Entries linking to stealthy
mid-13c., "theft, action or practice of stealing," from a probable Old English *stælþ, which is related to stelen (see steal (v.)), from Proto-Germanic *stælitho (source also of Old Norse stulþr), with Proto-Germanic abstract noun suffix *-itho (see -th (2)).
Compare heal/health, weal/wealth. Sense of "secret action" developed c. 1300, but the word also retained its etymological sense into 18c. Got a boost as an adjective from stealth fighter, stealth bomber, radar-evading U.S. military aircraft, activated 1983.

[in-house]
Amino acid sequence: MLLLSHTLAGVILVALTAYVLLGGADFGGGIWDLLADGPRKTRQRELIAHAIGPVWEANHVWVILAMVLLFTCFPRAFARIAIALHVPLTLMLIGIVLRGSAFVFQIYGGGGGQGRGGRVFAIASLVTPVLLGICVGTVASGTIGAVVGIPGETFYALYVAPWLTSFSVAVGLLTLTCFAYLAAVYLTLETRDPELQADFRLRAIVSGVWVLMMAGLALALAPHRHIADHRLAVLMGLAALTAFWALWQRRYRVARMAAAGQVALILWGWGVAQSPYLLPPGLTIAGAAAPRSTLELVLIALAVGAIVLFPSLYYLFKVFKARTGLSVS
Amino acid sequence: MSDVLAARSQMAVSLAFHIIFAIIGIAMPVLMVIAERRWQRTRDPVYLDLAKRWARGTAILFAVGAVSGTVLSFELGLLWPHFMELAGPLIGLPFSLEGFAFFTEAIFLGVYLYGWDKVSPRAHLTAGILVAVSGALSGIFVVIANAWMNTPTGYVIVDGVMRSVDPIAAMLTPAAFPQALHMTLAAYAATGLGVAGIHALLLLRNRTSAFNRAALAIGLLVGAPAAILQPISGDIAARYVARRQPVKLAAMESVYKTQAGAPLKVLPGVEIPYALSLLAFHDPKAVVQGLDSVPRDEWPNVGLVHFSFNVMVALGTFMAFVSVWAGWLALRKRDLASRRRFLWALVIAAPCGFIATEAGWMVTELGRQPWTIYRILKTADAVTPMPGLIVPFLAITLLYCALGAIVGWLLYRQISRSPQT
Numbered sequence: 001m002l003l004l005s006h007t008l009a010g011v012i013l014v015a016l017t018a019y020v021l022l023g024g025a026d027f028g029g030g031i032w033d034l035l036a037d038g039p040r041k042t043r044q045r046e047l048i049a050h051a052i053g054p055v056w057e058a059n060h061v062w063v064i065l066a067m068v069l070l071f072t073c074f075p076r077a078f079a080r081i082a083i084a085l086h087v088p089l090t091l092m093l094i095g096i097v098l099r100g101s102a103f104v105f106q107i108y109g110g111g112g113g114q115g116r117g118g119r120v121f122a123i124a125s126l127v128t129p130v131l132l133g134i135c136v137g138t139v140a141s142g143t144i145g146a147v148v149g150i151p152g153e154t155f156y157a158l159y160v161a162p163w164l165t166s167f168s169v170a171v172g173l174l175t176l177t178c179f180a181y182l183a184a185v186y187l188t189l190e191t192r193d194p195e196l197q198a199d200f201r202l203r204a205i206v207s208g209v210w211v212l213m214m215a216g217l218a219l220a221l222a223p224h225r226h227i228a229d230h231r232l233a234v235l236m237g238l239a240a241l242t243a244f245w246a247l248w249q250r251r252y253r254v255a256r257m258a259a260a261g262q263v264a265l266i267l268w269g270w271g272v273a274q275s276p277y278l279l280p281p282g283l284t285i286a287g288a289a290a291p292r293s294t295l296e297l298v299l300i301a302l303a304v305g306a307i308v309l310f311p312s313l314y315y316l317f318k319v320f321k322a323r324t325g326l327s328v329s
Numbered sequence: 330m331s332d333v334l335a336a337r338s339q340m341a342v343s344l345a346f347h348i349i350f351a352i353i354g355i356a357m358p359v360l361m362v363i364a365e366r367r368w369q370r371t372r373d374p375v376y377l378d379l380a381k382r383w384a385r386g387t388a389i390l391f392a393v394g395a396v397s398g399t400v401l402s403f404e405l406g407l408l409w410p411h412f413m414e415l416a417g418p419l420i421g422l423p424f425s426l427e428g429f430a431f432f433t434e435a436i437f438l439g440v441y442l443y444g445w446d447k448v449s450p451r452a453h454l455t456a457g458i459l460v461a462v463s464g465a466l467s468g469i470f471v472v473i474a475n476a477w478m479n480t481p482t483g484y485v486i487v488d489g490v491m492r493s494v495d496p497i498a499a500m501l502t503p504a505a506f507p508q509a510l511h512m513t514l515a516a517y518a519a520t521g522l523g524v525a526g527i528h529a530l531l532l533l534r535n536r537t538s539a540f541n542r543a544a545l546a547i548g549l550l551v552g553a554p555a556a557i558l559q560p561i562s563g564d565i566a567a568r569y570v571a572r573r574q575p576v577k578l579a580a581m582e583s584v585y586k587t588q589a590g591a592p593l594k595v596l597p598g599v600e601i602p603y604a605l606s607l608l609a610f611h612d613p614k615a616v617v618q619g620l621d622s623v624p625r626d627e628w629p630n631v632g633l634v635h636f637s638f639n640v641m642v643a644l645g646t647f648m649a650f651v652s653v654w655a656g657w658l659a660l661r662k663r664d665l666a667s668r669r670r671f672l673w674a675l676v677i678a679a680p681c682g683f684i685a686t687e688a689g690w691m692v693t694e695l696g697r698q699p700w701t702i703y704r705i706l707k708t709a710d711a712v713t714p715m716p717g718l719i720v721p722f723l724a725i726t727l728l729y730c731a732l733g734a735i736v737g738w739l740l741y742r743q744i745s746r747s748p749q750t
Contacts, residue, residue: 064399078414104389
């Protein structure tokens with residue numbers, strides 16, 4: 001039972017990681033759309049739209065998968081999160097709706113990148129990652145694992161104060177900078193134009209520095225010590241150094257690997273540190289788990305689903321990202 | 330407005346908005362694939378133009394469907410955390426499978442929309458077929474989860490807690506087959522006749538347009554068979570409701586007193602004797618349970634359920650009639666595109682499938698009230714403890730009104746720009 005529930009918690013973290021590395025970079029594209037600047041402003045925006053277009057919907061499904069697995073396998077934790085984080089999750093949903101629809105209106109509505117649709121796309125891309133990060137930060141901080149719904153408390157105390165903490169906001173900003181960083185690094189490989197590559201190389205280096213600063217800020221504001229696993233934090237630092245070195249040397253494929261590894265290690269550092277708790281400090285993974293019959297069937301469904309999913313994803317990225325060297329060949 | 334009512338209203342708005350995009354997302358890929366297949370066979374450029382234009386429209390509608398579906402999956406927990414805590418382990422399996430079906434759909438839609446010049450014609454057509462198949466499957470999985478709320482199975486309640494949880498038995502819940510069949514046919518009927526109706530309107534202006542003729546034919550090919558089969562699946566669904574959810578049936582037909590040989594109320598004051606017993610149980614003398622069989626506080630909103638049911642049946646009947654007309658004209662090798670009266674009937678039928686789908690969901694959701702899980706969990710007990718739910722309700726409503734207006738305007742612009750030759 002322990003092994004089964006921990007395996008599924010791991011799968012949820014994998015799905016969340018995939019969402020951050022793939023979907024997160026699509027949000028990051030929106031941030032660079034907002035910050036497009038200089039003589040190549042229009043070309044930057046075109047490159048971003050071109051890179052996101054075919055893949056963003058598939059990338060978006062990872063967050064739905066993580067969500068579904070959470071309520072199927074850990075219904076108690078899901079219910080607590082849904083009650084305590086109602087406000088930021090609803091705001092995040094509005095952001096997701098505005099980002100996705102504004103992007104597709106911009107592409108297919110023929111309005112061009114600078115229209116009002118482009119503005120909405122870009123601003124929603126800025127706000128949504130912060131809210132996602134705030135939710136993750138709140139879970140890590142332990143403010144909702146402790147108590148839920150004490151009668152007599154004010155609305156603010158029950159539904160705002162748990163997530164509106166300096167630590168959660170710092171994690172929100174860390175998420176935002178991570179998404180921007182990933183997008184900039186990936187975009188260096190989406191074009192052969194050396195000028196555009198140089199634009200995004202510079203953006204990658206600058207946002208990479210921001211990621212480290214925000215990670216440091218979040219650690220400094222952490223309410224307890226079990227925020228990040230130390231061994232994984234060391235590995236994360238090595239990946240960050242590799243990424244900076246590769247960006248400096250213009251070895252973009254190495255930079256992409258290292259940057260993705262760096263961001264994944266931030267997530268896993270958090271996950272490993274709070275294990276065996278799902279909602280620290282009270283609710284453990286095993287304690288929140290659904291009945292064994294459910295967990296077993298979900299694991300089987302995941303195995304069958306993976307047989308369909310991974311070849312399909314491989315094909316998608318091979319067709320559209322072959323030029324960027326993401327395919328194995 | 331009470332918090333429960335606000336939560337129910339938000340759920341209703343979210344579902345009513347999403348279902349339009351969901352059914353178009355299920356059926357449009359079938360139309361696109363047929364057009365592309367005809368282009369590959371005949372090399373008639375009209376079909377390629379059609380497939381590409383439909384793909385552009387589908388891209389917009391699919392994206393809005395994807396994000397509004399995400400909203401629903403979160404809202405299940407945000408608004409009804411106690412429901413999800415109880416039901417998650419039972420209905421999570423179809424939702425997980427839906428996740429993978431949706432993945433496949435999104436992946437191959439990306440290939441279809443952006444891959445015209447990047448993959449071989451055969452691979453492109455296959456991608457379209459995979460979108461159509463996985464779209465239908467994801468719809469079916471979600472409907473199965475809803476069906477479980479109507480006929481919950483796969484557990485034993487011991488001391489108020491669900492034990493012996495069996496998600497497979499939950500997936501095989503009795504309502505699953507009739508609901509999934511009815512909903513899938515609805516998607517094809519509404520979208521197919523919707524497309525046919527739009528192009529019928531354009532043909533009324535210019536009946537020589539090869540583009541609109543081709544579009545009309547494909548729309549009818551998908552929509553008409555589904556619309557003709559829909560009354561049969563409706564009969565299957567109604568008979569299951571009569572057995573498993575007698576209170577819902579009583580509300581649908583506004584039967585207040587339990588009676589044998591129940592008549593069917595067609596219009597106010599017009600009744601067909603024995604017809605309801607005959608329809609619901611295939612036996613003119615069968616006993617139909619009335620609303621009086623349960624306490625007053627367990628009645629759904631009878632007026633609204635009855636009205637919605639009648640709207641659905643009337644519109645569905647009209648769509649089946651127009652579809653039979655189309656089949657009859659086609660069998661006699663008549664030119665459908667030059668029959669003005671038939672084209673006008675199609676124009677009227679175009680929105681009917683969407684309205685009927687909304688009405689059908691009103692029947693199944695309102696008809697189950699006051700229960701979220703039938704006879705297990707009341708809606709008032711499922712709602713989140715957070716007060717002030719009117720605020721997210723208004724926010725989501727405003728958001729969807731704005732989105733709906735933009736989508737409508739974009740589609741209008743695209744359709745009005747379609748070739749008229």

adjective suffix, "full of or characterized by," from Old English -ig, from Proto-Germanic *-iga- (source also of Dutch, Danish, German -ig, Gothic -egs), from PIE -(i)ko-, adjectival suffix, cognate with elements in Greek -ikos, Latin -icus (see -ic). Originally added to nouns in Old English; used from 13c. with verbs, and by 15c. even with other adjectives (for example crispy). Adjectives such as hugy, vasty are artificial words that exist for the sake of poetical metrics.
updated on September 18, 2012